Jonathan Hepfer wanted to be a drummer in a punk rock band, then his mind got corrupted by John Cage.
If you’ve never heard the name, you probably know Cage by his deeds. In what has to be one of the first instances of trolling in modern music, he famously presented a piece where a pianist would sit by a grand piano for four minutes and 33 seconds, not playing a note, not making a sound. Just silence for four minutes and 33 seconds. Some pianists get wild with the piece and set up sheet music for it, counting the measures, and quietly turning the pages when needed. Cage made some other ridiculous pieces, like the nationally televised “Water Walk” where he went around smacking radios, boiling water, and putting rubber duckies on prepared pianos to blow the minds of the unsuspecting public. He also made some traditional music, but his intent was to always question and expand the notion of what music, especially European classical music, could be.
Cage might have been the most out there, but he was one composer among many who over the last 100 plus years or so have been reshaping and testing the bounds of what European, orchestral, classical music sounds like. From Igor Stravinsky’s rhythm heavy masterpiece “The Rites of Spring” from 1913, to Krzysztof Penderecki’s terrifyingly dissonant “Threnody for the Victims of Hiroshima,” to Steve Reich’s jazz and West African music inspired pieces, the sound of classical music has come a long way from Mozart, but unfortunately, not a long way from the grand halls of power, wealth, and privilege where Mozart performed. Classical music, even the kind of dissonant and confrontational classical music of the past 100 or so years, is still routinely performed in big, prohibitively expensive, and unwelcoming for those without cultural capital, concert halls.
Hepfer, in small ways, is beginning to try to change that. Tickets at Monday Evening Concerts, one of the longest running modern classical music series in the world, which started in L.A. in the late 30’s, that Hepfer now curates, conducts, and often performs in, is held in Zipper Hall at the Colburn School. A beautiful medium sized concert hall in one of L.A.’s only music conservatories. Prices are low compared to other classical music shows across the city, and through Hepfer’s network, the shows have begun to attract a younger, hipper, audience than the tenured professors or retired rich and white charter school magnates that usually constitute the audiences of classical music shows.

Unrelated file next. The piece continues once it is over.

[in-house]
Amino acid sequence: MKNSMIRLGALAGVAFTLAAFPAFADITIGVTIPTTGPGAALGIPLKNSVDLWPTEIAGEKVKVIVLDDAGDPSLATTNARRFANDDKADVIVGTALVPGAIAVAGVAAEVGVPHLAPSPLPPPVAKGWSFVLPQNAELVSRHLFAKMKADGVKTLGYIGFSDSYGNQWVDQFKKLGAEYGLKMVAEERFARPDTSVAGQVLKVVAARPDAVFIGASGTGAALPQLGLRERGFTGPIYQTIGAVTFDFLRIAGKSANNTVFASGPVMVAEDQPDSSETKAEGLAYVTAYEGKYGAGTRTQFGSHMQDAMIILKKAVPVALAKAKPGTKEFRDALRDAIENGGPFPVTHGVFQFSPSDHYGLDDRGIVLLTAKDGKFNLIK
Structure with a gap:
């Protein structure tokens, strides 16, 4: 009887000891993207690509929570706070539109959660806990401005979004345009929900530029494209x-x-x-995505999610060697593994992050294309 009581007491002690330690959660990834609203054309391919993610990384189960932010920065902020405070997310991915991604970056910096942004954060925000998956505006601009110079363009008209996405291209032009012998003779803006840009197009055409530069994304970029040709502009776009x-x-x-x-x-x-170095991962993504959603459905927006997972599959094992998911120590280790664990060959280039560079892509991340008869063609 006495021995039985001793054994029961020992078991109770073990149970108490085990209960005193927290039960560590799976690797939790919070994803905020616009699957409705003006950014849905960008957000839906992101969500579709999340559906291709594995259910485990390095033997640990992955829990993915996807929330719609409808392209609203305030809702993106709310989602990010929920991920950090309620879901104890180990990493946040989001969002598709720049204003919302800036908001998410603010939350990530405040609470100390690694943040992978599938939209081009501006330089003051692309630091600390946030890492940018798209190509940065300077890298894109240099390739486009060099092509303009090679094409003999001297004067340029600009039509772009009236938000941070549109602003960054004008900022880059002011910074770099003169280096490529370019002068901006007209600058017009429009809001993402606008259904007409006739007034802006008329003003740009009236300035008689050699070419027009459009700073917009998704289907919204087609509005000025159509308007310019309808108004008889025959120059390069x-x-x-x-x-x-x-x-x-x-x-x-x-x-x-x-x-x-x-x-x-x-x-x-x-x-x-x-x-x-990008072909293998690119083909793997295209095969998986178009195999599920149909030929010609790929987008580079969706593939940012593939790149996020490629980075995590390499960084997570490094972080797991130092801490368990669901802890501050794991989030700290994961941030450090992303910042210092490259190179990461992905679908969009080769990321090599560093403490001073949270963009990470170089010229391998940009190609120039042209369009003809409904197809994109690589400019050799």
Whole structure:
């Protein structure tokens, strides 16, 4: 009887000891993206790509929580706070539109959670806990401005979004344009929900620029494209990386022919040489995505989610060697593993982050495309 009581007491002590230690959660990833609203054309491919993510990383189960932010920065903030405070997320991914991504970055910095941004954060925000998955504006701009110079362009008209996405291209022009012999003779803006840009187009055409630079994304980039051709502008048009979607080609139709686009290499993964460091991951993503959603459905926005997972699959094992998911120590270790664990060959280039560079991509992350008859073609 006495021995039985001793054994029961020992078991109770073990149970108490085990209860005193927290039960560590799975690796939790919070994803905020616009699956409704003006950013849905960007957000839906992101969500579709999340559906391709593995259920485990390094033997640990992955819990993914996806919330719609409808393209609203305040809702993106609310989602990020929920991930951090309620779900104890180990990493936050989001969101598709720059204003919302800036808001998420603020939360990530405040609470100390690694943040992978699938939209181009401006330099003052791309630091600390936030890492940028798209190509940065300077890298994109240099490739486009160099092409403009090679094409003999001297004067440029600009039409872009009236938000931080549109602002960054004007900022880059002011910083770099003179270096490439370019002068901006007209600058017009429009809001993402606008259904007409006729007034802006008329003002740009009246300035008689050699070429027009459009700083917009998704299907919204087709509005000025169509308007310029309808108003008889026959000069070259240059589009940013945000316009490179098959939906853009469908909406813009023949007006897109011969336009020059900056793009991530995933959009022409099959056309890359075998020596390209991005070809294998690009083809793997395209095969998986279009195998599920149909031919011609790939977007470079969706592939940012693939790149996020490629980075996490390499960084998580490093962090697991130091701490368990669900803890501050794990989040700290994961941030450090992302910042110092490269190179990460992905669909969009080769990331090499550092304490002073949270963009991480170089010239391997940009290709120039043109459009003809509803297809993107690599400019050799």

If you’re walking around L.A.’s Bunker Hill neighborhood downtown and see a group of 30 somethings dripped out in Y-3 across the street from the Broad Museum, you’ve found the right place. But more importantly, Hepfer has been adamant in opening up Monday Evening Concerts to a diverse range of composers like Sarah Hennies, and Julius Eastman, a truly radical composer whose work fused his love of jazz, pop, soul, disco, and classical music, with his own personal and political identity as a gay black man in a scene filled with predominantly straight white men. It was enough to apparently freak John Cage himself out.
Hepfer and I meet up recently to talk about Julius Eastman, Buffalo, New York, and Gucci Mane. — Sam Ribakoff
Julius Eastman – Feminine
So you are not from L.A., right?
Jonathan Hepfer:No, I’ve only been here a couple of years as a matter of fact. I’m from Buffalo [New York], which turns out to not be such an incidental thing. This composer we’ve been focusing on for the last couple of years named Julius Eastman, he was from Ithaca, but he spent a real crucial part of his music developmental years in Buffalo with the Creative Associates and Lukas Foss, who was like the director of the Buffalo Philharmonic, him and Leonard Bernstein were close friends. If you look at the way classical music developed in the last couple of decades and you look at who was on the Buffalo campus at that time, it is frighteningly precedent.